The gun Wyatt Earp used to kill Curly Bill Brocius could bring $100,000 or more in Heritage Auctions Americana and Political Auction slated for Saturday and Sunday, Feb. 22 and 23, in Dallas, Texas.
Shotgun Wyatt Earp Used To Avenge Brother's Death To Be Offered In Heritage Auctions' Americana And Political Auction
Legendary Old West Lawman Borrowed Weapon For Hunt To Locate Curly Bill Brocius
The Wyatt Earp documented 10-gauge shotgun used by him to kill "Curly Bill" Brocius is a museum-quality piece, arguably the most important Earp gun in existence.
Earp was a lawman and gambler in the Arizona Territory in the late 1800s and early 1900s whose résumé includes stints as a professional gambler, teamster and buffalo hunter, and, perhaps most famously, as a participant in the infamous shootout at the O.K. Corral in 1881. Brocius was a notorious gunman, rustler and outlaw credited with a litany of crimes, including cattle rustling and stagecoach robberies and killings, and had a history of run-ins with members of the Earp family.
Wyatt Earps brother, Morgan, was brutally killed, and Curly Bill Brocius was identified as one of those involved, according to Heritage Auctions Americana Director Tom Slater. Earp once pistol-whipped Curly Bill Brocius for fatally shooting a popular Tombstone town marshal named Fred White, and when he learned of his brothers death, he formed a posse that was later called the Earp Vendetta Ride.
When they went out to hunt for Brocius, Earp borrowed a 10-gauge shotgun, this shotgun, from his friend, Fred Dodge. They found Curly Bill at Iron Springs on March 24, 1882, and in the ensuing shootout, Earp used this shotgun to kill Curly Bill, after which, he returned to Fred Dodge, stated Slater.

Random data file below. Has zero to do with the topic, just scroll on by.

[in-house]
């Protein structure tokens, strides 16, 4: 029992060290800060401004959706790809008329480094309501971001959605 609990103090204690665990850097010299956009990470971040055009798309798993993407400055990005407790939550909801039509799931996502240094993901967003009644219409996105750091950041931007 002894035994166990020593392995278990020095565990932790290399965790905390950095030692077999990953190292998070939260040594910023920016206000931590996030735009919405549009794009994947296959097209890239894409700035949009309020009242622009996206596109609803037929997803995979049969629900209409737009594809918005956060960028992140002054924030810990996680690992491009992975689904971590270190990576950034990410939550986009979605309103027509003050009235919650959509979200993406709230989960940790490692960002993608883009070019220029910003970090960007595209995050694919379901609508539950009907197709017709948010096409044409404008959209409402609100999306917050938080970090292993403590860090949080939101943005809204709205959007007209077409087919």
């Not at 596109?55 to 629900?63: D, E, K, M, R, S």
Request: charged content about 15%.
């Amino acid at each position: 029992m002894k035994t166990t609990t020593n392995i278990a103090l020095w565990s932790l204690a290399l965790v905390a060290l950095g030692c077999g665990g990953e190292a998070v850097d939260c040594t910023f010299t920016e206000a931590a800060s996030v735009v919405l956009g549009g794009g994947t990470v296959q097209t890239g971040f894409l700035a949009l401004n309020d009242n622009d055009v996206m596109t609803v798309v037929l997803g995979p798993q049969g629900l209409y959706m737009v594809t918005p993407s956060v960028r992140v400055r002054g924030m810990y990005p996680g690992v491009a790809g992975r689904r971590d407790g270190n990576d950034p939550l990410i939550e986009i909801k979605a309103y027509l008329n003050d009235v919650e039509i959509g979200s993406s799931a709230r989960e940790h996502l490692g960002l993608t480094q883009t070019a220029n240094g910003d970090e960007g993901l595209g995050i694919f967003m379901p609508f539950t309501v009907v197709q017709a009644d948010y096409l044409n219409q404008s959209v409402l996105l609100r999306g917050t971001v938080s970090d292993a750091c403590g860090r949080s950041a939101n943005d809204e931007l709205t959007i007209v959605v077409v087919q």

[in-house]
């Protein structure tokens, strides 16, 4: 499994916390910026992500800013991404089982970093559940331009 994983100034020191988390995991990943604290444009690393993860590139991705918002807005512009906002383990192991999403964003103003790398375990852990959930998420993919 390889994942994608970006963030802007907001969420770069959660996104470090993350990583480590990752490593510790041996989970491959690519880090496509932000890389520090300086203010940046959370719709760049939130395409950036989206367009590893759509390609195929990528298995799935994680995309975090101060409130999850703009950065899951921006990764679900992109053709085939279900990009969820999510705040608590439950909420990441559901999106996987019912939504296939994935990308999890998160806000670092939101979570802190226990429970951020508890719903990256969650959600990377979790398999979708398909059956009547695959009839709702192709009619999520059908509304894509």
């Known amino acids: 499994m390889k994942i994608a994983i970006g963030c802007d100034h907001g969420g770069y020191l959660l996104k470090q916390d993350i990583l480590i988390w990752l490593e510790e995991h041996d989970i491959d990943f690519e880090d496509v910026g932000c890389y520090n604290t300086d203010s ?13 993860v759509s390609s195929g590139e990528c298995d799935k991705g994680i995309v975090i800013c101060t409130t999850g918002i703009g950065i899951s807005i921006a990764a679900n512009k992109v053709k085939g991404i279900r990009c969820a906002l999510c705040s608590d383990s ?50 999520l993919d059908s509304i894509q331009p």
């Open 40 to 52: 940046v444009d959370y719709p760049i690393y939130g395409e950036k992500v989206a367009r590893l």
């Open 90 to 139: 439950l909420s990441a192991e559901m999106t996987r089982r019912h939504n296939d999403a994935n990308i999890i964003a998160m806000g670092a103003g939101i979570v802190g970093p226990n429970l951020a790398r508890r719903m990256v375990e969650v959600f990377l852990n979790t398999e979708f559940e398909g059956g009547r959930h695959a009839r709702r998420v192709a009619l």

The weapon heads to auction with stellar provenance. When Dodge died in 1938, it was among many items that were passed down to his son, Fred Dodge Jr., who then sold the weapon in 1963 (in a transaction from which the bill of sale can be seen on HA.com). When dealer Greg Martin sold the gun after purchasing it in 1984, he wrote, "The Stevens double-barreled shotgun serial number 927 you recently obtained from me represents one of the most important historical treasures I have ever owned. In my opinion the great historical associations, the first-hand accounts, and the impeccable documentation of ownership through the Dodge family make your Stevens shotgun one of the great treasures of the Old West. It is a direct link between Wyatt Earp and an era of American lore that is of incalculable importance."
The gun is accompanied in the auction by a photostat of the 1963 bill of sale from the younger Dodge, Martins letter and a letter from Jim Earle, a renowned collector who owned it in the late 1970s and early 1980s. Also included is an archive of more than 25 original documents relating to its provenance.
Heritage Auctions has offered numerous relics and artifacts from the Old West, but this shotgun, which remains in very good condition, is widely viewed as among the best. Bearing serial number 927 on the barrels, fore-end, triggerguard and receiver, the 10-gauge weapon includes 22.25-inch barrels with a fixed front bead sight. The top of the barrels is marked J. STEVENS & CO. CHICOPEE FALLS MASS.
For more information on the 966-lot two-day sale, visit www.HA.com/6215.